One of the most common challenges in housing is the topic of affordability.
Many international organizations have acknowledged the housing affordability question ranging from the OECD, the International Monetary Fund, and the joint research center from the European Commission.
It is not only affecting low-income households. It’s also increasing to the point that it’s impacting middle-income earners. The crucial point is that these challenges are not limited to individual residents. It’s a question of economic stability and social equality.
The other key challenge is the housing quality crisis. This issue is broad and covers thermal insulation, cooling systems as well as energy poverty. Thanks to renovations, residents benefit not only from living in warmer homes but also from paying lower energy bills.
It’s also important to note there is not just one policy that will solve all the different challenges. Some areas are seeing populations increase. Other regions are seeing a decline. It requires multiple solutions and various approaches.
The Definition(s) of Social Housing
It’s essential to keep in mind that there is no single or official definition for social housing that is applied across Europe.
Each country defines it differently. Often the term social housing is used as a shortcut to refer to specific programs or schemes that have been implemented. However, the common ground is that the idea of social housing is more affordable than what is offered on the market.
It is allocated to specific rules. It provides an opportunity to find decent homes for those who cannot secure it on the market. It’s also financed to some extent by public intervention.
There is also a common challenge. There has been a decrease in public funding and support over the last decade. But the spending on benefits to the housing to maintain the properties or pay rents has remained consistent or increased in many countries.
The Common Housing Policy Objectives
While the needs for housing across Western, Southern, and Eastern Europe are different, there are also some similarities.
- Across all areas, it’s critical to ensure access to affordable housing.
- All regions need to improve housing conditions for specific groups such as homeless and young people.
- There is a demand to enhance the quality of housing and energy efficiency in all areas.
- In Western Europe, there must be more housing supply due to the lack of land to build on.
- It’s critical to strengthen institutional capacity and regulatory framework.
- In Southern and Eastern Europe, there should be a focus on increasing housing in a specific tenure.
There are different starting points for each location. In addition, various regions require a focus on multiple groups. However, the objective remains the same in all areas.
The Regional Varieties of Affordability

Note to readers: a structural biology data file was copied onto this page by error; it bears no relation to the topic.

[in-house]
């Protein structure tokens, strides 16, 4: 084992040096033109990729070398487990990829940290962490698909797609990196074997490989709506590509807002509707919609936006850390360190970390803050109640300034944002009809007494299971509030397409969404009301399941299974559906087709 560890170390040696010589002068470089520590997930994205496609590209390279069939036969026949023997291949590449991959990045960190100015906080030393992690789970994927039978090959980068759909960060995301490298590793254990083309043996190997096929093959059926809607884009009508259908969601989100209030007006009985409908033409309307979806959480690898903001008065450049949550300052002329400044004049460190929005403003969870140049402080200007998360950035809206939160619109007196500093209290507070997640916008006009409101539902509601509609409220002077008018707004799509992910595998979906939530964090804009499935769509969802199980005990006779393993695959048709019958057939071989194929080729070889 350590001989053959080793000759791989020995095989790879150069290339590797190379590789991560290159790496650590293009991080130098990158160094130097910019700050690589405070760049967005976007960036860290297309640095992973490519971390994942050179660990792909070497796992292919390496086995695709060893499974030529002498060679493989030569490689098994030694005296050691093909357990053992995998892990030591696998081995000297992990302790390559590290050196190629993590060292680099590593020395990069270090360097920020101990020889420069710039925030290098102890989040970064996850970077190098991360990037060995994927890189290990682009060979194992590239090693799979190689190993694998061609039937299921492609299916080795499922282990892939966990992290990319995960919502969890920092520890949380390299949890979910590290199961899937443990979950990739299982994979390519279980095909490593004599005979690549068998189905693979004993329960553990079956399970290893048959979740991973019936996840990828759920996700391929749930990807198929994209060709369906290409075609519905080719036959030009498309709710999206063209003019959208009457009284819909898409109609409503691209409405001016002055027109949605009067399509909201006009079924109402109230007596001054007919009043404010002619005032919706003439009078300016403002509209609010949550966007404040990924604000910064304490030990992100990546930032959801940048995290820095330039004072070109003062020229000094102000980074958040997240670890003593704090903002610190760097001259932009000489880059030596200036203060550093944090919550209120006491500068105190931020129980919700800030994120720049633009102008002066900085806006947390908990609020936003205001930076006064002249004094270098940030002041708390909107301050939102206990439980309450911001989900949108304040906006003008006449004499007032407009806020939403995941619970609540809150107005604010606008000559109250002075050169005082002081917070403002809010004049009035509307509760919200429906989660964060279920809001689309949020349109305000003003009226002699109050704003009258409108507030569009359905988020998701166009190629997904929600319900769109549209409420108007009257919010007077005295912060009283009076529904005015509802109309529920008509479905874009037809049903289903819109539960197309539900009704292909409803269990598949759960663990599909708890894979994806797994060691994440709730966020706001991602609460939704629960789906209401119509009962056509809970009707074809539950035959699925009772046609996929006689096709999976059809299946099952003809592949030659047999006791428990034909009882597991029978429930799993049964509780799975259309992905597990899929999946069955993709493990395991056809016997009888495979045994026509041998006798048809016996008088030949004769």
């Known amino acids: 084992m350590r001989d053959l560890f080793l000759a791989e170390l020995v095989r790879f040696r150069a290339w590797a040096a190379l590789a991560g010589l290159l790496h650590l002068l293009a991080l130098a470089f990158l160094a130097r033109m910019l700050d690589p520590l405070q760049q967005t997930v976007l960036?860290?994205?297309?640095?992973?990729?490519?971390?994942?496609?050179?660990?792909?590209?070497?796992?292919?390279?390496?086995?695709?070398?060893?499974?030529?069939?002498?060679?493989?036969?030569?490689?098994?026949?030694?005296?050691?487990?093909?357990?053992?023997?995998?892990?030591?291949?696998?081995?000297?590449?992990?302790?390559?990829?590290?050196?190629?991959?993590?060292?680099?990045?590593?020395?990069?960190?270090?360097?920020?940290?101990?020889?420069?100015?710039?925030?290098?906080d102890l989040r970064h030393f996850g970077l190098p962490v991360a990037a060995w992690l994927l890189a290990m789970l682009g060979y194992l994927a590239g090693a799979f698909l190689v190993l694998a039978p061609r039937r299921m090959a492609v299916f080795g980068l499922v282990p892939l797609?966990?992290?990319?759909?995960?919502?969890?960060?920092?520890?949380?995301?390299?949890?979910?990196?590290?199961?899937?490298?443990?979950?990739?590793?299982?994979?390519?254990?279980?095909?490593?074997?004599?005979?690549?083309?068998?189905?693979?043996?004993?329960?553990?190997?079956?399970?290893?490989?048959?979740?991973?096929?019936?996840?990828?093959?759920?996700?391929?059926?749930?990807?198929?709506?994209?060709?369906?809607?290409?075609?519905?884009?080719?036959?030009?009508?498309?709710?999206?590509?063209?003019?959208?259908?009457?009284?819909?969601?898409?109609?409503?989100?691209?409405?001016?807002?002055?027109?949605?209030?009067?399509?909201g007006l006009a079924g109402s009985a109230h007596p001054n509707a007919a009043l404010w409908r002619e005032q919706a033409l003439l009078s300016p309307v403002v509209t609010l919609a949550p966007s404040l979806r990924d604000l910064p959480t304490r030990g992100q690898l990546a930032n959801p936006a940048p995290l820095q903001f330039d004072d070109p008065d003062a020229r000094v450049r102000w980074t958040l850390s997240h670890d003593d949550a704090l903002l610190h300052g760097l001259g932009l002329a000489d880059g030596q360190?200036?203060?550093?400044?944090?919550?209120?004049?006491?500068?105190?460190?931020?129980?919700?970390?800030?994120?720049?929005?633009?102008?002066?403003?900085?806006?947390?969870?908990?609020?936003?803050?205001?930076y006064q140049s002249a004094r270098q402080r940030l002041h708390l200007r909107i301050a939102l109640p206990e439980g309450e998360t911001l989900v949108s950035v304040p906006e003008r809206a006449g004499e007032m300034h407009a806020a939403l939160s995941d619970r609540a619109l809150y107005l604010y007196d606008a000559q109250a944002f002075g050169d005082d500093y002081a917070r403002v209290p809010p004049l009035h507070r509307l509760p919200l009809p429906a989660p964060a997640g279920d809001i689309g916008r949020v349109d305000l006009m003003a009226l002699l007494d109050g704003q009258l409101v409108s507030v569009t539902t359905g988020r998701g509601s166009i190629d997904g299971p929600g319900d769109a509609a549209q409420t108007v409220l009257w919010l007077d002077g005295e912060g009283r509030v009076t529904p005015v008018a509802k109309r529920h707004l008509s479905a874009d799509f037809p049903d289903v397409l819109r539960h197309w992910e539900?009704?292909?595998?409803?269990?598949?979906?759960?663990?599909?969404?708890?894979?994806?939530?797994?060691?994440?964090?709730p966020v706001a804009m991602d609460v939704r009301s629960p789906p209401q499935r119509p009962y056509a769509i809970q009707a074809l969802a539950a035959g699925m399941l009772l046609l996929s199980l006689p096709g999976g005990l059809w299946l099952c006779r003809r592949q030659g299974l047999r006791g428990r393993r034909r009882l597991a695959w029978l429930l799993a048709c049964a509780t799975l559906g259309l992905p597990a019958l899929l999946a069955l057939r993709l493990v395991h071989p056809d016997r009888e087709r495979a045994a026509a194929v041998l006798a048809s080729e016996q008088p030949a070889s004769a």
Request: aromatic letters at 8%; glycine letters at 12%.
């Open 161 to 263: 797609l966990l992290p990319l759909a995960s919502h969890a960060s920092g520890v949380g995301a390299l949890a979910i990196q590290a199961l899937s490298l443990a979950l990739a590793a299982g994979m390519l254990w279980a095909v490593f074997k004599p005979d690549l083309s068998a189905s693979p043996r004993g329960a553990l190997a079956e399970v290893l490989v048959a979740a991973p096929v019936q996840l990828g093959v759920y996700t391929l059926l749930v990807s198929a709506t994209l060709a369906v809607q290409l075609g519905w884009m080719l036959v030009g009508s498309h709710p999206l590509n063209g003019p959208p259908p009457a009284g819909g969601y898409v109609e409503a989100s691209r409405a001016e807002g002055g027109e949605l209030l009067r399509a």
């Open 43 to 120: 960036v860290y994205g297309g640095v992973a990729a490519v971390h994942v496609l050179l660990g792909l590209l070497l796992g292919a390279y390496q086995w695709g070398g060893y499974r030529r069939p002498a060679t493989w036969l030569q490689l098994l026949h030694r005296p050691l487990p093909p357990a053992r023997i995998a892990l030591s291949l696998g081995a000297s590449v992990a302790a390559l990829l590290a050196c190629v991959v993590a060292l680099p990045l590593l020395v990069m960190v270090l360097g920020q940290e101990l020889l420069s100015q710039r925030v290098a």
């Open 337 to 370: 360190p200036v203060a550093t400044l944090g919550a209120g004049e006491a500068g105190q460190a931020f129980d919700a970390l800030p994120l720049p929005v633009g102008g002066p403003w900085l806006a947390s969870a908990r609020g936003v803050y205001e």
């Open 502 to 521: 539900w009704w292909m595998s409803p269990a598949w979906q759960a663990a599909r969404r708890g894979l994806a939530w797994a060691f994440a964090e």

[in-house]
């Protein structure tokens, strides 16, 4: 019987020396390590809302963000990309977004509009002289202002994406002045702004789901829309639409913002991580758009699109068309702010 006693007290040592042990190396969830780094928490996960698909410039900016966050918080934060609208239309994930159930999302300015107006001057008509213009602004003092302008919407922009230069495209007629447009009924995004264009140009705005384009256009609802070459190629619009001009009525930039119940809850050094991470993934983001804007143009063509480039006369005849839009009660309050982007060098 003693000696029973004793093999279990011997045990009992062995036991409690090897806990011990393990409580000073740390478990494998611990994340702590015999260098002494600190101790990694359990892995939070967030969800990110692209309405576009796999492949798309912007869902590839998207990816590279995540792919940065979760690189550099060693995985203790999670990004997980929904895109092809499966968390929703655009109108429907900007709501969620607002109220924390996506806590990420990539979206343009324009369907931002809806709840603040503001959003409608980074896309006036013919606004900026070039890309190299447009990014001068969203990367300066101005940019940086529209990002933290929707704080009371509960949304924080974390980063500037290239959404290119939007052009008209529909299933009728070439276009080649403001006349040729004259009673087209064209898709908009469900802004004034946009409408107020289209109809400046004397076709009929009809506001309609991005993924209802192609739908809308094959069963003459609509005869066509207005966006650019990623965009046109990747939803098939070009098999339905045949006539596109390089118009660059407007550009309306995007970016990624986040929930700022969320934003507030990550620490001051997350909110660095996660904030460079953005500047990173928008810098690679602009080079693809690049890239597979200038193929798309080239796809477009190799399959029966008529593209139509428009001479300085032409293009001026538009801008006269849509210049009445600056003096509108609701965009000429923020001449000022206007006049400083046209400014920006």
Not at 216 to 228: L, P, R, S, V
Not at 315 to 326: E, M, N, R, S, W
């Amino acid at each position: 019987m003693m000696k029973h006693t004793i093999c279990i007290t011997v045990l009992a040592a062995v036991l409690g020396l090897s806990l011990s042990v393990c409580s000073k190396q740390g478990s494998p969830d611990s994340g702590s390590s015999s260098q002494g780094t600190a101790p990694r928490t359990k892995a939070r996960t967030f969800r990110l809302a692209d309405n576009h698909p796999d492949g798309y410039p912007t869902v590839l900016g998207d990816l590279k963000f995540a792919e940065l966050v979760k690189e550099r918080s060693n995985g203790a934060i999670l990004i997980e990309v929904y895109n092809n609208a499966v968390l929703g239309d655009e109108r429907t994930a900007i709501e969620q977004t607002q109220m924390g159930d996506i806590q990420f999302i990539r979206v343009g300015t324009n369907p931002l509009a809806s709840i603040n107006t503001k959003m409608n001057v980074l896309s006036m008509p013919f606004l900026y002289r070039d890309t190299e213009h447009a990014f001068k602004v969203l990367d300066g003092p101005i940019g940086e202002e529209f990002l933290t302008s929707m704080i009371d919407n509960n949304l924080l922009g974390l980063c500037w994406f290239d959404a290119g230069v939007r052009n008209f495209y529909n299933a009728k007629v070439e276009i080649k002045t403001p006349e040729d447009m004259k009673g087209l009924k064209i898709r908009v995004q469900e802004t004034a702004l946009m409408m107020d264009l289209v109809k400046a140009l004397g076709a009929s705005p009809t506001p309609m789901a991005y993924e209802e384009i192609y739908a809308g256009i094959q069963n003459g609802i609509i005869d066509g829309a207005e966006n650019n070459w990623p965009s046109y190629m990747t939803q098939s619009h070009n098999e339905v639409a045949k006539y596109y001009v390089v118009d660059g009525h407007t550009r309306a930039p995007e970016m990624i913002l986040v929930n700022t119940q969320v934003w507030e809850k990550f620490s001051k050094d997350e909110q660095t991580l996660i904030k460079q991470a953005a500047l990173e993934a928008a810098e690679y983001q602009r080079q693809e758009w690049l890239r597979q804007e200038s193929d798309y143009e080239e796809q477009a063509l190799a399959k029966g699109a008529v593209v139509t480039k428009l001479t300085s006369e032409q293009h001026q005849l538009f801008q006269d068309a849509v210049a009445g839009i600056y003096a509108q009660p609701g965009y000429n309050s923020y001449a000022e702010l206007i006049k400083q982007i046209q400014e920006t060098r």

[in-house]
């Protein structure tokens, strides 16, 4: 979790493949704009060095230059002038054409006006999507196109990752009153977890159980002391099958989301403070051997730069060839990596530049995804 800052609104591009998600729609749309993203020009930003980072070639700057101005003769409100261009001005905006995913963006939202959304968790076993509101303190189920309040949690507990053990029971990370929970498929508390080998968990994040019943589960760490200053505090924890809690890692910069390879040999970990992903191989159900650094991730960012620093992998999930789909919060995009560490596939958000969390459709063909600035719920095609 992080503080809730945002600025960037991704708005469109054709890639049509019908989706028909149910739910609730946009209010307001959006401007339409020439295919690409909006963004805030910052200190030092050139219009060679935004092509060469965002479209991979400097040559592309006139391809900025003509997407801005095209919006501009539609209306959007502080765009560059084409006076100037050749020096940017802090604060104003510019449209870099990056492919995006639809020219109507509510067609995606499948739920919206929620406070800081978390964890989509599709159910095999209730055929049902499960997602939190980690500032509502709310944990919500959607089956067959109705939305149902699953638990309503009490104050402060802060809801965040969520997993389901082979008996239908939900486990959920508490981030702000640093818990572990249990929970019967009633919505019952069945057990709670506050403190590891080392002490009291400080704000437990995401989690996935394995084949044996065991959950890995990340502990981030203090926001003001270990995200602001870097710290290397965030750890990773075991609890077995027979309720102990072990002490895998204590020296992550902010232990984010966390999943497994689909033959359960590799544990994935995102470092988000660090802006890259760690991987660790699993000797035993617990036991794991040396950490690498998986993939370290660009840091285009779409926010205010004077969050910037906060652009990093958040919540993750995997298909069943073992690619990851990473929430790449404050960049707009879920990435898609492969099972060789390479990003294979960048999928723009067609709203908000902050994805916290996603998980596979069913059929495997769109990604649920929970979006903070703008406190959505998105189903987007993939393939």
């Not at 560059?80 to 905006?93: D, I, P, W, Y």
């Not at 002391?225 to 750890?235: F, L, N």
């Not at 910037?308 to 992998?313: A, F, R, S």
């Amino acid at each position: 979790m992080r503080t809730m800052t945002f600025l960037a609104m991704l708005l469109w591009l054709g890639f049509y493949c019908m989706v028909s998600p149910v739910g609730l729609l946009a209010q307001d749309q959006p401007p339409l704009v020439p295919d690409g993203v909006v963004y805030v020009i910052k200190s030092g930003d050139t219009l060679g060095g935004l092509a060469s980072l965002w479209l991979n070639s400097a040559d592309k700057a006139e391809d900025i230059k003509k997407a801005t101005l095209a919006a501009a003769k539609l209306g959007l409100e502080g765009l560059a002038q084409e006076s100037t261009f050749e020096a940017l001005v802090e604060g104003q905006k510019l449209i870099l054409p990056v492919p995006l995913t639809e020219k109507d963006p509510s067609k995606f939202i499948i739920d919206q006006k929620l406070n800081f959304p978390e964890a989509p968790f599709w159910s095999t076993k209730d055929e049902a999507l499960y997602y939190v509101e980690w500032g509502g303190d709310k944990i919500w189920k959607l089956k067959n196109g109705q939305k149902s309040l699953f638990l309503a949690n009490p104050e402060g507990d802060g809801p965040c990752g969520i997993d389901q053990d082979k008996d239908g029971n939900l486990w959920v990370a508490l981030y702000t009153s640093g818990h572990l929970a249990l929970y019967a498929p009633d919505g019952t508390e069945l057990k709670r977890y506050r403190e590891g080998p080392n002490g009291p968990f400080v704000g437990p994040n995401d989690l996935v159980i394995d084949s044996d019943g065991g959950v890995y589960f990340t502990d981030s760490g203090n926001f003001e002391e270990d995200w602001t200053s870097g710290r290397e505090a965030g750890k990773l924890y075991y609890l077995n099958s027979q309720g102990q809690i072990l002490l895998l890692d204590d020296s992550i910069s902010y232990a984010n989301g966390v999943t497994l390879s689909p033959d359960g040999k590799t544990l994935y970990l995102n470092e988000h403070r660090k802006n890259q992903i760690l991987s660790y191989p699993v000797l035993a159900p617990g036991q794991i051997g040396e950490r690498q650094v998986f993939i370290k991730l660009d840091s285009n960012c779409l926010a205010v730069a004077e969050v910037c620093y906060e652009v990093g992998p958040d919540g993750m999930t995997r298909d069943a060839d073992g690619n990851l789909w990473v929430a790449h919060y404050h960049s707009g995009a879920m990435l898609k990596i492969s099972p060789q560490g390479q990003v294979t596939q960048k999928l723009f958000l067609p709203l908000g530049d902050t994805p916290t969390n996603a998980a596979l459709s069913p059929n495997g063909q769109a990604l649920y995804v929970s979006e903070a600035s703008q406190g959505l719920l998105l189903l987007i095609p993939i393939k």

One of the most critical factors influencing affordability is the economic structure development. It includes the growth models and how the welfare system intervenes in the social inequalities across Europe.
Breaking it down into the simplest state, the new member states have a much lower GDP. They also have a very different economic growth model.
Another element is that the condition of housing is different across regions. For example, if you compare the average size of apartments and houses, it’s 30% smaller in new member states compared to the rest of Europe. The housing finance system is less developed when comparing the outstanding mortgage rate to the GDP ratio. In new member states, it’s 18% compared to 50% in the rest of Europe.
Growing vs. Shrinking Regions
In countries that are seeing growth, there is demographic pressure. There is also a shortage of land and issues with building regulations. The price of housing and rent is even increasing faster than the average income in these areas.
For countries that are decreasing in population, the problem is the quality of housing. The mortgage market is also much more severe, resulting in higher costs.
There is a trend that this discrepancy is increasing.
What is the Way Forward?
There is a need for a compassionate governance that creates an opportunity for all to access housing. A poorly regulated system can be detrimental to society, the economy, health, and urban planning.
Some guiding principles need to get established. For example, one should be that a home is not just a house. Once we can shift this mindset, it changes the focus to houses being generators of humans flourishing and becoming connectors to a network of open and green spaces. It can also be the foundation of political and economic resilience. It even establishes that there is a right to housing.
A good housing system requires proactive leadership and commitment based on participatory governance. It also needs to be about community engagement in addition to regulation, inclusive design, financial security, identity, and belonging.
Furthermore, everyone of us can influence the process by changing our attitude towards housing. Simple things like improving the energy efficiency of your building or supporting government representatives who aim to improve housing conditions. Simply because everyone deserves a decent place to live.
Without a functioning housing system based on a justly governed system that sees a direct relationship between these elements, our society cannot truly flourish.
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Moderator: Gerald Koessel – Researcher at GbV, Austria
- Alice Pittini – Housing Europe Observatory Director
- Grzegorz Gajda – Senior Urban Specialist, European Investment Bank
- Jozsef Hegedus – Metropolitan Research Institute
- Rachael Marie Scicluna – Housing, Strategy and Policy Consultant within the Ministry of Social Accommodation, Malta
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